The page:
PWR is not a charitable business. However, what follows is relevant to EU (non)emission reductions and Chinese emission (in)action. In addition non-EU diplomats in Brussels often complain to PWR that the EU tends to have a "holier than thou" attitude to emissions reductions. They find this irritating. I disagree, I find it a mix of lies and hypocrisy for the following reasons. (& China - don't get too excited at this point - trust me - you won't like what follows - but for different reasons).

March 2010: Study: Carnegie Institution for Science (Dept of Global Ecology): 33% CO2 emissions associated with consumption of goods and services in developed countries are emitted outside their borders, e.g. Switzerland, “outsourced” 50%+ of CO2 to "developing countries". USA 2.5 tons per capita of CO2 are accounted for "somewhere else". EU: figure exceeds 4 tons per capita. 25% of the emissions produced in China are exported as goods.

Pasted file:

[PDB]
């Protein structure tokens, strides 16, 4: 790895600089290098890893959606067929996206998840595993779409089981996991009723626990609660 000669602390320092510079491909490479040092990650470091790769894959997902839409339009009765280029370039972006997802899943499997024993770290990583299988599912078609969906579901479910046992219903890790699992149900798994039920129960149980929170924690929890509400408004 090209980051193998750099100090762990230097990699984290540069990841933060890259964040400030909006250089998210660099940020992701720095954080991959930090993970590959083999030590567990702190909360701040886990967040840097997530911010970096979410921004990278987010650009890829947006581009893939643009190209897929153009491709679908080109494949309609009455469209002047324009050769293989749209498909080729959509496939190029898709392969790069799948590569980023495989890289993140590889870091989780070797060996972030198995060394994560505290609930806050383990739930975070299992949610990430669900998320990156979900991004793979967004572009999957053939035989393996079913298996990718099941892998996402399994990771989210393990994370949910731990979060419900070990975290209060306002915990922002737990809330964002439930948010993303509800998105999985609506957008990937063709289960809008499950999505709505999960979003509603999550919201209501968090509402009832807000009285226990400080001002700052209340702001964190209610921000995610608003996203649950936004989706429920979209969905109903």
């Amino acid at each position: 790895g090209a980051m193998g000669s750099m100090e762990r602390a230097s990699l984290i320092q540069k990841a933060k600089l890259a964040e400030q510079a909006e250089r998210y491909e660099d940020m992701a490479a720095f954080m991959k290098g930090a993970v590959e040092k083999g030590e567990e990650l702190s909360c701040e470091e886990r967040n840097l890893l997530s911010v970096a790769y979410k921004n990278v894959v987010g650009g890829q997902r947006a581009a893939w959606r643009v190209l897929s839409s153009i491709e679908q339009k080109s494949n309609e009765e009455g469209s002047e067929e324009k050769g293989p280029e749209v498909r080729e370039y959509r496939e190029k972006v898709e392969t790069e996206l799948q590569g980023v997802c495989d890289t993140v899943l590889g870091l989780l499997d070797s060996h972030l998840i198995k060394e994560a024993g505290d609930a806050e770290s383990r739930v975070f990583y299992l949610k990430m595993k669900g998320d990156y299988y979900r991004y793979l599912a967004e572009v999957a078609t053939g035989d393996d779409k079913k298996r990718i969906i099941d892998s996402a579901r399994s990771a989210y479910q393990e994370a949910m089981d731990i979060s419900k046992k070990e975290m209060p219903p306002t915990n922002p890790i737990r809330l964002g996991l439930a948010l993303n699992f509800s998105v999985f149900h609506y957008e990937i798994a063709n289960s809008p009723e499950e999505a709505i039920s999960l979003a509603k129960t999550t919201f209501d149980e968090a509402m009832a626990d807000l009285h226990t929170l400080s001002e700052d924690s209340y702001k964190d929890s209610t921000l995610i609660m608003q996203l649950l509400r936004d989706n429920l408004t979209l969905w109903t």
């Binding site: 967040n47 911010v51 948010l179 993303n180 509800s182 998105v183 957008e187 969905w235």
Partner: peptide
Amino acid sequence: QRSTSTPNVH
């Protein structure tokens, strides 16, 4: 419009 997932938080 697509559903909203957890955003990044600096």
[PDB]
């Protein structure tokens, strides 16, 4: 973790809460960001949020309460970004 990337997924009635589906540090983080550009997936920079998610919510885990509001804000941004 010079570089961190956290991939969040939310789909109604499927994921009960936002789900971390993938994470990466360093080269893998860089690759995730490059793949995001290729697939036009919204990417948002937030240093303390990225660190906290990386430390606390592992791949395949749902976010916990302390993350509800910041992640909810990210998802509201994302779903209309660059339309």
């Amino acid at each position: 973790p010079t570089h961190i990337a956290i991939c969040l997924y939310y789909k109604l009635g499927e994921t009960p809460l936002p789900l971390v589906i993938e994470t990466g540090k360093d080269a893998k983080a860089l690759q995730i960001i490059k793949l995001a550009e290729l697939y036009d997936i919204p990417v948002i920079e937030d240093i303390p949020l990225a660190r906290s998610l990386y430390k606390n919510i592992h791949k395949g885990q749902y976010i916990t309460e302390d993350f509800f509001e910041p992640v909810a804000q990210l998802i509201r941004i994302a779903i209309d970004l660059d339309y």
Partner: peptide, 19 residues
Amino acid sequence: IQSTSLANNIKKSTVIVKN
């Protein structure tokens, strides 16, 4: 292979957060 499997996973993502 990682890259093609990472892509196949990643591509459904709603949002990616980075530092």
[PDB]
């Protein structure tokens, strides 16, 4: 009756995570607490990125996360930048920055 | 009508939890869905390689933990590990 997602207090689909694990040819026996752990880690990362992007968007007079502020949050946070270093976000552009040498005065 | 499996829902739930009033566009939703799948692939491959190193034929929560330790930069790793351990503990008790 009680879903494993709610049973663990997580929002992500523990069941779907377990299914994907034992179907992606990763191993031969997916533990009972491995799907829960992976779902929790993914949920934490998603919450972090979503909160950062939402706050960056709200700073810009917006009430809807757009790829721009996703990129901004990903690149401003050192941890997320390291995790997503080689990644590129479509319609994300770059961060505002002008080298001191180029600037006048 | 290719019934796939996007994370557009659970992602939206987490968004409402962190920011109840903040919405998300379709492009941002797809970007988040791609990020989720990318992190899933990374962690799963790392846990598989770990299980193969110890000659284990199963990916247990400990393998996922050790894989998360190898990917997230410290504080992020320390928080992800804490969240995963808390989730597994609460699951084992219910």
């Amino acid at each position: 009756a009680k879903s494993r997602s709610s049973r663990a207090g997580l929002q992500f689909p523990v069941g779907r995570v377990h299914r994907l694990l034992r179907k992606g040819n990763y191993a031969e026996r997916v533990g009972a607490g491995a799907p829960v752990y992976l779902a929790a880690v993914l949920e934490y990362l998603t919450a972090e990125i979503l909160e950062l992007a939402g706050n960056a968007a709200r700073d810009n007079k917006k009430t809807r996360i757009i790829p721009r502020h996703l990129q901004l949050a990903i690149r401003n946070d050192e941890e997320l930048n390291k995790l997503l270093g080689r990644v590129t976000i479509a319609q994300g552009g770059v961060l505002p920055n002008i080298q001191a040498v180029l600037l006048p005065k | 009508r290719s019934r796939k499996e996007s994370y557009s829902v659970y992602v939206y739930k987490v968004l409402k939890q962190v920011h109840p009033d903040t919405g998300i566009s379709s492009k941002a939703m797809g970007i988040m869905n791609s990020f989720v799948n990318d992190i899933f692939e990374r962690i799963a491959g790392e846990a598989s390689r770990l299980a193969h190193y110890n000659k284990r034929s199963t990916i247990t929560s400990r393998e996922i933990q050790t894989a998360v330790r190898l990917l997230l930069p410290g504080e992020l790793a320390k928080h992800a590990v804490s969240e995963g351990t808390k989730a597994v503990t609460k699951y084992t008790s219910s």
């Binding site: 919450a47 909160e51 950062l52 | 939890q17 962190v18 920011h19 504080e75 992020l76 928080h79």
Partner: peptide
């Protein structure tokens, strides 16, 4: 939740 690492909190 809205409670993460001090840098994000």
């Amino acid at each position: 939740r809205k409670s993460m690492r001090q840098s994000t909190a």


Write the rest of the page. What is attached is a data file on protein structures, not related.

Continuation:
April 2011: “Growth in emission transfers via international trade from 1990 to 2008” (Glen P. Petersa,1, Jan C. Minxb,c, Christopher L. Weberd,e, and Ottmar Edenhofer) extract: "developed a trade-linked global database for CO2 emissions covering 113 countries and 57 economic sectors from 1990 to 2008...... emissions from the production of traded goods and services have increased from 4.3 Gt CO2 in 1990 (20% of global emissions) to 7.8 Gt CO2 in 2008 (26%). Most developed countries have increased their consumption-based emissions faster than their territorial emissions..... net emission transfers via international trade from developing to developed countries increased from 0.4 Gt CO2 in 1990 to 1.6 Gt CO2 in 2008, which exceeds the Kyoto Protocol emission reductions"